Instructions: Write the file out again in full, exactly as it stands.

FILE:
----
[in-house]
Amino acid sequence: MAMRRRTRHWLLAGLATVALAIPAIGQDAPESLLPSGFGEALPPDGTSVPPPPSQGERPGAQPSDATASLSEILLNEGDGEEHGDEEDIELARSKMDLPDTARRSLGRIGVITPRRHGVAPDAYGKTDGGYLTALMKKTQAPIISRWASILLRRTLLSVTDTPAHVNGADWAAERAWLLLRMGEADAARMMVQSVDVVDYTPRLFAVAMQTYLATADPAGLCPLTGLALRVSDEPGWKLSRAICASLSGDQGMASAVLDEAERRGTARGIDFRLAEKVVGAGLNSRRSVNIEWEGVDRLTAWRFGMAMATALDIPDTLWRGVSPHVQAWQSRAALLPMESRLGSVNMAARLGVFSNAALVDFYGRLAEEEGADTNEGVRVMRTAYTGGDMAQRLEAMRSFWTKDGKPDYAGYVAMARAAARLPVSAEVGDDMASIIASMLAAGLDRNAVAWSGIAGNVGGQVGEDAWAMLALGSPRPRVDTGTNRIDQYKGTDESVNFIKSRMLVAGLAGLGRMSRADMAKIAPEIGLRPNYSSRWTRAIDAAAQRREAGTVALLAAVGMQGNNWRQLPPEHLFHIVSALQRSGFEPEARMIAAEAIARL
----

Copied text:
[in-house]
Amino acid sequence: MAMRRRTRHWLLAGLATVALAIPAIGQDAPESLLPSGFGEALPPDGTSVPPPPSQGERPGAQPSDATASLSEILLNEGDGEEHGDEEDIELARSKMDLPDTARRSLGRIGVITPRRHGVAPDAYGKTDGGYLTALMKKTQAPIISRWASILLRRTLLSVTDTPAHVNGADWAAERAWLLLRMGEADAARMMVQSVDVVDYTPRLFAVAMQTYLATADPAGLCPLTGLALRVSDEPGWKLSRAICASLSGDQGMASAVLDEAERRGTARGIDFRLAEKVVGAGLNSRRSVNIEWEGVDRLTAWRFGMAMATALDIPDTLWRGVSPHVQAWQSRAALLPMESRLGSVNMAARLGVFSNAALVDFYGRLAEEEGADTNEGVRVMRTAYTGGDMAQRLEAMRSFWTKDGKPDYAGYVAMARAAARLPVSAEVGDDMASIIASMLAAGLDRNAVAWSGIAGNVGGQVGEDAWAMLALGSPRPRVDTGTNRIDQYKGTDESVNFIKSRMLVAGLAGLGRMSRADMAKIAPEIGLRPNYSSRWTRAIDAAAQRREAGTVALLAAVGMQGNNWRQLPPEHLFHIVSALQRSGFEPEARMIAAEAIARL